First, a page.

Empirical Musicology Review: Serialist Claims versus Sonic Reality
Please use this identifier to cite or link to this item: https://doi.org/10.18061/1811/46748
|dc.identifier.citation||Empirical Musicology Review, v5 n2 (April 2010), pp 36-50||en_US|
|dc.description.abstract||This study examines the descriptive mores of Serialism, as found in writings of leading American academics of the past half-century. A serious gap is revealed, especially between claims made for structural conditions rooted in dodecaphonic procedures and the actual kinetics of music as heard. Curious (and debilitating) ambiguities and dead ends are noted in terms used to define critical perceptual conditions in such music; some claims of significance for features of 12- tone rows in certain works are revealed as wholly irrelevant to music as sonic event. Most prominent of the writings discussed are those of Milton Babbitt, Allen Forte and David Lewin.||en_US|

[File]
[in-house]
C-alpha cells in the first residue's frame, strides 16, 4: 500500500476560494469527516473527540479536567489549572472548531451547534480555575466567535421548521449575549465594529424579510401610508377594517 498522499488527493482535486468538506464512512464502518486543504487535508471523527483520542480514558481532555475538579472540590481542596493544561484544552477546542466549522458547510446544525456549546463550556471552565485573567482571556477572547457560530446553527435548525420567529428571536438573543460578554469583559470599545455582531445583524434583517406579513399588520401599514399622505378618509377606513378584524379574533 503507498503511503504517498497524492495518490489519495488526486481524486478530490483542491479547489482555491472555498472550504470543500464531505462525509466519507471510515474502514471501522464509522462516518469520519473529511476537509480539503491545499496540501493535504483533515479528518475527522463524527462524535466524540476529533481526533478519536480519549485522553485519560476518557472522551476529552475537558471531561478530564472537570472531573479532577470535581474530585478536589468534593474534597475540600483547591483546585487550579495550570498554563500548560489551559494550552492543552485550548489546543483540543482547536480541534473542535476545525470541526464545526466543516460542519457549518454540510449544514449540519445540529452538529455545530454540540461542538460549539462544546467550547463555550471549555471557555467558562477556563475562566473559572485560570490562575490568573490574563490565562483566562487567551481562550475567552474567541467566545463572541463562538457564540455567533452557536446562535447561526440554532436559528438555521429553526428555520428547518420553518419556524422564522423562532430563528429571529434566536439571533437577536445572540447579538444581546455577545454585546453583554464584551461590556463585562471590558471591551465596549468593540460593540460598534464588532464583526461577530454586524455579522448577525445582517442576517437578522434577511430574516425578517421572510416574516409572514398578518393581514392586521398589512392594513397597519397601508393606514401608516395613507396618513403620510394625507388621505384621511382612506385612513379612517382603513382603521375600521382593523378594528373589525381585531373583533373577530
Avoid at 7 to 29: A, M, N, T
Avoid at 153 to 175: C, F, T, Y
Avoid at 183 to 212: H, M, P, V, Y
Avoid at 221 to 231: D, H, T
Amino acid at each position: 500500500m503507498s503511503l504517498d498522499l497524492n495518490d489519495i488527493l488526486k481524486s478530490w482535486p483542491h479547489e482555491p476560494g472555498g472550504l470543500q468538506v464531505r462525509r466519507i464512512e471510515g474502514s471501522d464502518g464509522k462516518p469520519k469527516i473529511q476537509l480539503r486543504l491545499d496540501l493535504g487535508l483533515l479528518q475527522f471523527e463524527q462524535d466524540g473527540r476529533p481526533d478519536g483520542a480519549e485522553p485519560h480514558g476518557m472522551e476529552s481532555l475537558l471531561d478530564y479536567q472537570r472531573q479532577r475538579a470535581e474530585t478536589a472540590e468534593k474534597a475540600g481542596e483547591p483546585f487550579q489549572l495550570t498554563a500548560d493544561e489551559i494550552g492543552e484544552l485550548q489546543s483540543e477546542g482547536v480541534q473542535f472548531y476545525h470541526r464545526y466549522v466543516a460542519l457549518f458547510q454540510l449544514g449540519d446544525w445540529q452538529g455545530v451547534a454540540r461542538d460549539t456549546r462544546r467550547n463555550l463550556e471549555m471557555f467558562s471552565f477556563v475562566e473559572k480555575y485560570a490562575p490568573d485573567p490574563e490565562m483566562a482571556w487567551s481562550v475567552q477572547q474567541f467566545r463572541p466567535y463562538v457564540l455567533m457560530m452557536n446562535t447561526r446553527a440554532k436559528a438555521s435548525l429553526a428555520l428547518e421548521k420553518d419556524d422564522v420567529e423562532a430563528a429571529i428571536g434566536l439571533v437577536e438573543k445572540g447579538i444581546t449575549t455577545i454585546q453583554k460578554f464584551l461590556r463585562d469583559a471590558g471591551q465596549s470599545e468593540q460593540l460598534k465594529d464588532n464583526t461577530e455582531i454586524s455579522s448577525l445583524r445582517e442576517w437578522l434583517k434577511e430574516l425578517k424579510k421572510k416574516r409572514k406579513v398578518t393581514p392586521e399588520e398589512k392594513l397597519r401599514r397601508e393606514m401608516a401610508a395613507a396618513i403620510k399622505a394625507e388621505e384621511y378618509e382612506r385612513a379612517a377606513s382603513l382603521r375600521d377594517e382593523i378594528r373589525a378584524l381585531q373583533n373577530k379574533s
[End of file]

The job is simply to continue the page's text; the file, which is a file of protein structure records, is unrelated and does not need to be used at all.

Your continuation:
|dc.publisher||Empirical Musicology Review||en_US|
|dc.title||Empirical Musicology Review: Serialist Claims versus Sonic Reality||en_US|
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